What Is Pegasus? A Cybersecurity Expert Explains How the Spyware Invades Phones and What It Does When It Gets In | WHAT REALLY HAPPENED X-Frame-Options: DENY X-Frame-Options: SAMEORIGIN

What Is Pegasus? A Cybersecurity Expert Explains How the Spyware Invades Phones and What It Does When It Gets In

End-to-end encryption is technology that scrambles messages on your phone and unscrambles them only on the recipients’ phones, which means anyone who intercepts the messages in between can’t read them. Dropbox, Facebook, Google, Microsoft, Twitter and Yahoo are among the companies whose apps and services use end-to-end encryption.

This kind of encryption is good for protecting your privacy, but governments don’t like it because it makes it difficult for them to spy on people, whether tracking criminals and terrorists or, as some governments have been known to do, snooping on dissidents, protesters and journalists. Enter an Israeli technology firm, NSO Group.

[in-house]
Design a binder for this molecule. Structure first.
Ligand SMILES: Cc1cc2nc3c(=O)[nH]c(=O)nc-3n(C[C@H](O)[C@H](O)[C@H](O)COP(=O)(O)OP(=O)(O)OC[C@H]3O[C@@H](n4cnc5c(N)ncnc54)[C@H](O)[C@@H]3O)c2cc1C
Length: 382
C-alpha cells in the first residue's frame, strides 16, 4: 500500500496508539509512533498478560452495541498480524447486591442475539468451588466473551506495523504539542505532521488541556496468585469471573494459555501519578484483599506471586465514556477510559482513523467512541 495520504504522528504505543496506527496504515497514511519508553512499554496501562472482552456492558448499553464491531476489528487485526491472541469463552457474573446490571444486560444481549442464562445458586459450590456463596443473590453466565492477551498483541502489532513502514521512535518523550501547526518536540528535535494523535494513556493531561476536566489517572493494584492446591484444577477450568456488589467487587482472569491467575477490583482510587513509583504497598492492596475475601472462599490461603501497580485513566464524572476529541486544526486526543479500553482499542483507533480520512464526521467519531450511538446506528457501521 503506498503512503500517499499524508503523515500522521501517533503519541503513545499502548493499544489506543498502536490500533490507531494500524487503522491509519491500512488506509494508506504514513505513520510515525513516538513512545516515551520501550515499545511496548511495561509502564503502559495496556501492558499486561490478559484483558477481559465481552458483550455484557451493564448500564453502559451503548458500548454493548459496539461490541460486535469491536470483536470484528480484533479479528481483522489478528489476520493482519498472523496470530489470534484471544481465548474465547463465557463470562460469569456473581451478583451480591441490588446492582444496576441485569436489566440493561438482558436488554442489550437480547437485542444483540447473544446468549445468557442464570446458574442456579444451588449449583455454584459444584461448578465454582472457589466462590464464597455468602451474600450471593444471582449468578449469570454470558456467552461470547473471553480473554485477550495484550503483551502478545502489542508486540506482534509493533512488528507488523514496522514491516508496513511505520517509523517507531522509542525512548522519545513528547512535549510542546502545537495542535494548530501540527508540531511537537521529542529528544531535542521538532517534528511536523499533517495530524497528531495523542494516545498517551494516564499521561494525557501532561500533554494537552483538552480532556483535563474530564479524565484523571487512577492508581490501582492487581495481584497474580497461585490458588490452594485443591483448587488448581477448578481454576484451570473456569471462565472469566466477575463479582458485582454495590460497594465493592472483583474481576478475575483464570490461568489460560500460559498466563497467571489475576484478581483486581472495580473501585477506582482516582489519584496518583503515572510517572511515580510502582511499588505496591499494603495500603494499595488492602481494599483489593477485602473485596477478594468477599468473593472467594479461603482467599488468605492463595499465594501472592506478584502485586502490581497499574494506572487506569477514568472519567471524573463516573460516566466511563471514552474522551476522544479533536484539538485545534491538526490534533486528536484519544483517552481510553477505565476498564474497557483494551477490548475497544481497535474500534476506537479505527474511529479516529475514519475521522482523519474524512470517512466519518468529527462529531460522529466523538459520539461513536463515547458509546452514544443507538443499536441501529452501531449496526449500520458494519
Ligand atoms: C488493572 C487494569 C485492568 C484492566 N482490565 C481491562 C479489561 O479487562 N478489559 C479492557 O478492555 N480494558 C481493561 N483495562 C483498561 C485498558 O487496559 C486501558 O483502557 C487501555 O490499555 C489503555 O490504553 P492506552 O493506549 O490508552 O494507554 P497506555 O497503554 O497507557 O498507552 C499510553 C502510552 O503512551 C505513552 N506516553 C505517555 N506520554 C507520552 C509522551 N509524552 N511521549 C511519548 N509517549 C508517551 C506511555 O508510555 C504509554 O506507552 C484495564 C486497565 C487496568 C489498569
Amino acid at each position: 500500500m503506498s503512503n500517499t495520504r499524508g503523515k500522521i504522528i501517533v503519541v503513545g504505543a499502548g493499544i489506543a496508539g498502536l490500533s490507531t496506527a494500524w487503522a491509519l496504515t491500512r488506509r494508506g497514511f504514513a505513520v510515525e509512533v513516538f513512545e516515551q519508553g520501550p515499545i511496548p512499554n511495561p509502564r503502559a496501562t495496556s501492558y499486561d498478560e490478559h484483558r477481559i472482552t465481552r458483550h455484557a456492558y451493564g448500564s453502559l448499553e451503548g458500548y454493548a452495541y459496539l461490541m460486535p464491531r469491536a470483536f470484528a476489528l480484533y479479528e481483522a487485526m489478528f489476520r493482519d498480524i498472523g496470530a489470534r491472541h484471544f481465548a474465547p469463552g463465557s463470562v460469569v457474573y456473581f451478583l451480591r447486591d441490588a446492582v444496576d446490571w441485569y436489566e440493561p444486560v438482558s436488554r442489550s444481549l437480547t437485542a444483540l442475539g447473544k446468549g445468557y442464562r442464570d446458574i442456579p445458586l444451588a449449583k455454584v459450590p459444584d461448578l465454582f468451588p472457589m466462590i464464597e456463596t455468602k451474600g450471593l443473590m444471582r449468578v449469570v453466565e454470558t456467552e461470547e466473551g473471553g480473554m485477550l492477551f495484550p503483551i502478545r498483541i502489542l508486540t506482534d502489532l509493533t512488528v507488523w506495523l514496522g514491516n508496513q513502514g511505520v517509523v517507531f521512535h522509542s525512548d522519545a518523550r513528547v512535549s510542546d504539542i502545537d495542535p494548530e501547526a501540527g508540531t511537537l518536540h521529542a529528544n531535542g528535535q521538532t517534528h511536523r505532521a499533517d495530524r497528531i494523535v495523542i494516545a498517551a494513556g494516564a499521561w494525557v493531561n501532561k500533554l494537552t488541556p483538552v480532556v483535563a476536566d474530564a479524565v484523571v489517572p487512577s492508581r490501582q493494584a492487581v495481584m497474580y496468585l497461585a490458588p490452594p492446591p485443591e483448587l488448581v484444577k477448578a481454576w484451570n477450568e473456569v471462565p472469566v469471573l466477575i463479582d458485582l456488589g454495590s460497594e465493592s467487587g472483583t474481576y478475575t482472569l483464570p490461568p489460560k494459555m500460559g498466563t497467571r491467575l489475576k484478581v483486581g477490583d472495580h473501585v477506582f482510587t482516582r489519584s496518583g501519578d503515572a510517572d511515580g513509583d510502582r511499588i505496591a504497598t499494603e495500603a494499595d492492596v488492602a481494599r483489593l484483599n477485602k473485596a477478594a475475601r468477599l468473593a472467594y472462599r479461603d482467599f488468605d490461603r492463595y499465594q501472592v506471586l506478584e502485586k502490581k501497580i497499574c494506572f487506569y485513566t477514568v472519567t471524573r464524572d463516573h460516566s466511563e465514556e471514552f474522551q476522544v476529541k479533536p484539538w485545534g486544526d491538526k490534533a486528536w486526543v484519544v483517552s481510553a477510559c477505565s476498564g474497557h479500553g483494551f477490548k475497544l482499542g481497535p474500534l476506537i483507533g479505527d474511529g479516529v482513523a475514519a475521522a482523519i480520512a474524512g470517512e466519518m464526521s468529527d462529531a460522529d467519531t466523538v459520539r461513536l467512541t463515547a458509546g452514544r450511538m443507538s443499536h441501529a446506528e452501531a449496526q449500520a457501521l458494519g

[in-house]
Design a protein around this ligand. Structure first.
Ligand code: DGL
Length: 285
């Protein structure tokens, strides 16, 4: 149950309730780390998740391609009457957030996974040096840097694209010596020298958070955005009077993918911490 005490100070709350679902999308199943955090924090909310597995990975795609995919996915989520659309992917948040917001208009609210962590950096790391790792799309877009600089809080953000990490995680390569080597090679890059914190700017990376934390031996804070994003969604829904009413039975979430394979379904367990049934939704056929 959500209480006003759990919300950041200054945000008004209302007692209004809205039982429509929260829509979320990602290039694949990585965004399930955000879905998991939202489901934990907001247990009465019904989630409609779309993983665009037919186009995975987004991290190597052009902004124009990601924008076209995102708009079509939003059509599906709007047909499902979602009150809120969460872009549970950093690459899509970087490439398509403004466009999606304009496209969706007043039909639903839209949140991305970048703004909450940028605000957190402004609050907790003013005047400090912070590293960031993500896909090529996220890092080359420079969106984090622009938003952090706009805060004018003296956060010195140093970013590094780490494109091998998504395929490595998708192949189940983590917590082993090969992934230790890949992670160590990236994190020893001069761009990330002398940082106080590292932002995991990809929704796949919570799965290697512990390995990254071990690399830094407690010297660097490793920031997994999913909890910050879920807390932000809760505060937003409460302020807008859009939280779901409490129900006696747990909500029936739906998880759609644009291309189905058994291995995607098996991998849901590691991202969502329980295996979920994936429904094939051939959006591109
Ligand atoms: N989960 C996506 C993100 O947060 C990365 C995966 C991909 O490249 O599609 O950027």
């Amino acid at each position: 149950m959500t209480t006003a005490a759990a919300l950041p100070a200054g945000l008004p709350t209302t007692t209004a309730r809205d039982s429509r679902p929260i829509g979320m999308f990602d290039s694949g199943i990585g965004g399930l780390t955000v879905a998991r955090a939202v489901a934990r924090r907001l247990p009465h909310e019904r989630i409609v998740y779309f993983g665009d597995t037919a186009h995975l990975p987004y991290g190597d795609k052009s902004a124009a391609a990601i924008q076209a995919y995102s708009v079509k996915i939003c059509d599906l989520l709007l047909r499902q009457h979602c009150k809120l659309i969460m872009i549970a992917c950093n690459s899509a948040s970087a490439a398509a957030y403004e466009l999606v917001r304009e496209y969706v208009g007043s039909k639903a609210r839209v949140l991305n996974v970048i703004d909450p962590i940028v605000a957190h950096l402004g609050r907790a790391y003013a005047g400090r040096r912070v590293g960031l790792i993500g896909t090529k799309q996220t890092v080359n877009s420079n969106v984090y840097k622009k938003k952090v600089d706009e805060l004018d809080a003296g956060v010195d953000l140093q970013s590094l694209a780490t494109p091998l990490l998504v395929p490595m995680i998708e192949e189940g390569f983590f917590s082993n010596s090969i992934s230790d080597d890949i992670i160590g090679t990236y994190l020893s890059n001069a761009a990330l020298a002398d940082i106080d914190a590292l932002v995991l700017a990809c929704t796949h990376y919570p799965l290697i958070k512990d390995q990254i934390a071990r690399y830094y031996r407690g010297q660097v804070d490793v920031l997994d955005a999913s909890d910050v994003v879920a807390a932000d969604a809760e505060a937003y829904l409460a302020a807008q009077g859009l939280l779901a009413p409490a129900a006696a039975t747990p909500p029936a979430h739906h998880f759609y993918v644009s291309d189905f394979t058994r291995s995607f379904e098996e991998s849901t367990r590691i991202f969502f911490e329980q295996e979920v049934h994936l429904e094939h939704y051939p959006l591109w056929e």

The company’s flagship product is Pegasus, spyware that can stealthily enter a smartphone and gain access to everything on it, including its camera and microphone. Pegasus is designed to infiltrate devices running Android, Blackberry, iOS and Symbian operating systems and turn them into surveillance devices. The company says it sells Pegasus only to governments and only for the purposes of tracking criminals and terrorists.

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